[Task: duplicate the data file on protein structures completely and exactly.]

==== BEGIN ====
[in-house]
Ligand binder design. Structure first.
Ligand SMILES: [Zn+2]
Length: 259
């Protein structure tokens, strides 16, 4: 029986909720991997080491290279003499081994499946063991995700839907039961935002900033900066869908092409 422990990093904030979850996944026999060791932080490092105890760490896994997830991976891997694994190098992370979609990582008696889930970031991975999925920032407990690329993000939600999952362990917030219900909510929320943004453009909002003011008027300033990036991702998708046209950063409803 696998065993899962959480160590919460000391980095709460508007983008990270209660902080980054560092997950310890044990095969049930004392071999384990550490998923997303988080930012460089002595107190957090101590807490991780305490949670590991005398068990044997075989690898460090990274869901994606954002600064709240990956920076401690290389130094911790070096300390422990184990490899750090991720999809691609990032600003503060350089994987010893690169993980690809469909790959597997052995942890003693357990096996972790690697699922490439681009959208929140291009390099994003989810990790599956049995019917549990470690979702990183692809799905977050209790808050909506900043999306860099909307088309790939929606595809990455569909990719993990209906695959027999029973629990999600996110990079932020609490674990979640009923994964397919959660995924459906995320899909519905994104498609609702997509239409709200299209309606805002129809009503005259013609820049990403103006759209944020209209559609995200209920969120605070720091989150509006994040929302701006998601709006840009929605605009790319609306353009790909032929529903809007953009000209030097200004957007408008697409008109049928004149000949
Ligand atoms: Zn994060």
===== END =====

[in-house]
Ligand binder design. Structure first.
Ligand SMILES: [Zn+2]
Length: 259
């Protein structure tokens, strides 16, 4: 029986909720991997080491290279003499081994499946063991995700839907039961935002900033900066869908092409 422990990093904030979850996944026999060791932080490092105890760490896994997830991976891997694994190098992370979609990582008696889930970031991975999925920032407990690329993000939600999952362990917030219900909510929320943004453009909002003011008027300033990036991702998708046209950063409803 696998065993899962959480160590919460000391980095709460508007983008990270209660902080980054560092997950310890044990095969049930004392071999384990550490998923997303988080930012460089002595107190957090101590807490991780305490949670590991005398068990044997075989690898460090990274869901994606954002600064709240990956920076401690290389130094911790070096300390422990184990490899750090991720999809691609990032600003503060350089994987010893690169993980690809469909790959597997052995942890003693357990096996972790690697699922490439681009959208929140291009390099994003989810990790599956049995019917549990470690979702990183692809799905977050209790808050909506900043999306860099909307088309790939929606595809990455569909990719993990209906695959027999029973629990999600996110990079932020609490674990979640009923994964397919959660995924459906995320899909519905994104498609609702997509239409709200299209309606805002129809009503005259013609820049990403103006759209944020209209559609995200209920969120605070720091989150509006994040929302701006998601709006840009929605605009790319609306353009790909032929529903809007953009000209030097200004957007408008697409008109049928004149000949
Ligand atoms: Zn994060």